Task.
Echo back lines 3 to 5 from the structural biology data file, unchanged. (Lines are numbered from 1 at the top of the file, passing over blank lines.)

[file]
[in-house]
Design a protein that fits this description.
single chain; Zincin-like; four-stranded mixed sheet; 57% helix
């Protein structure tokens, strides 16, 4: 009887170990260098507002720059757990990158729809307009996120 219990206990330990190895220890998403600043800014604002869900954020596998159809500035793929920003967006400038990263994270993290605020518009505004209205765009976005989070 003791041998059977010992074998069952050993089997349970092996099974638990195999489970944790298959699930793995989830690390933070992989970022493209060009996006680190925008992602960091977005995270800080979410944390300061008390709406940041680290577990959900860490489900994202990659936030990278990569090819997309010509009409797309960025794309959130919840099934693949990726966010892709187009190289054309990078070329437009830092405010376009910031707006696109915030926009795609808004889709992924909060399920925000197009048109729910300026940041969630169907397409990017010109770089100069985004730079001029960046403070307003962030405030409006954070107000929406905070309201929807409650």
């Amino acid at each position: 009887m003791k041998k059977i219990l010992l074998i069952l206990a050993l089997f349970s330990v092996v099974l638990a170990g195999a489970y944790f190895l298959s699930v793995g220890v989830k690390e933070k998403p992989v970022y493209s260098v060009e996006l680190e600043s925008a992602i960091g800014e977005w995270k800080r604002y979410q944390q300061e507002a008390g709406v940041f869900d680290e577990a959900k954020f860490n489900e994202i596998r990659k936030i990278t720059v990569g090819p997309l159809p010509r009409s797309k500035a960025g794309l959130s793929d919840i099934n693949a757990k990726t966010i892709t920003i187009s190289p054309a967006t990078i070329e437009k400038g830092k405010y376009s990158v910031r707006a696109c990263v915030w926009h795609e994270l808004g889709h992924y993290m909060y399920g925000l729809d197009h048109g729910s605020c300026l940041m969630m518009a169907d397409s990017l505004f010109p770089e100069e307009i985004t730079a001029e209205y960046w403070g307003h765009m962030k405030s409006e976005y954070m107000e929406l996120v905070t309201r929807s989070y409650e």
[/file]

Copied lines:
single chain; Zincin-like; four-stranded mixed sheet; 57% helix
């Protein structure tokens, strides 16, 4: 009887170990260098507002720059757990990158729809307009996120 219990206990330990190895220890998403600043800014604002869900954020596998159809500035793929920003967006400038990263994270993290605020518009505004209205765009976005989070 003791041998059977010992074998069952050993089997349970092996099974638990195999489970944790298959699930793995989830690390933070992989970022493209060009996006680190925008992602960091977005995270800080979410944390300061008390709406940041680290577990959900860490489900994202990659936030990278990569090819997309010509009409797309960025794309959130919840099934693949990726966010892709187009190289054309990078070329437009830092405010376009910031707006696109915030926009795609808004889709992924909060399920925000197009048109729910300026940041969630169907397409990017010109770089100069985004730079001029960046403070307003962030405030409006954070107000929406905070309201929807409650």
């Amino acid at each position: 009887m003791k041998k059977i219990l010992l074998i069952l206990a050993l089997f349970s330990v092996v099974l638990a170990g195999a489970y944790f190895l298959s699930v793995g220890v989830k690390e933070k998403p992989v970022y493209s260098v060009e996006l680190e600043s925008a992602i960091g800014e977005w995270k800080r604002y979410q944390q300061e507002a008390g709406v940041f869900d680290e577990a959900k954020f860490n489900e994202i596998r990659k936030i990278t720059v990569g090819p997309l159809p010509r009409s797309k500035a960025g794309l959130s793929d919840i099934n693949a757990k990726t966010i892709t920003i187009s190289p054309a967006t990078i070329e437009k400038g830092k405010y376009s990158v910031r707006a696109c990263v915030w926009h795609e994270l808004g889709h992924y993290m909060y399920g925000l729809d197009h048109g729910s605020c300026l940041m969630m518009a169907d397409s990017l505004f010109p770089e100069e307009i985004t730079a001029e209205y960046w403070g307003h765009m962030k405030s409006e976005y954070m107000e929406l996120v905070t309201r929807s989070y409650e």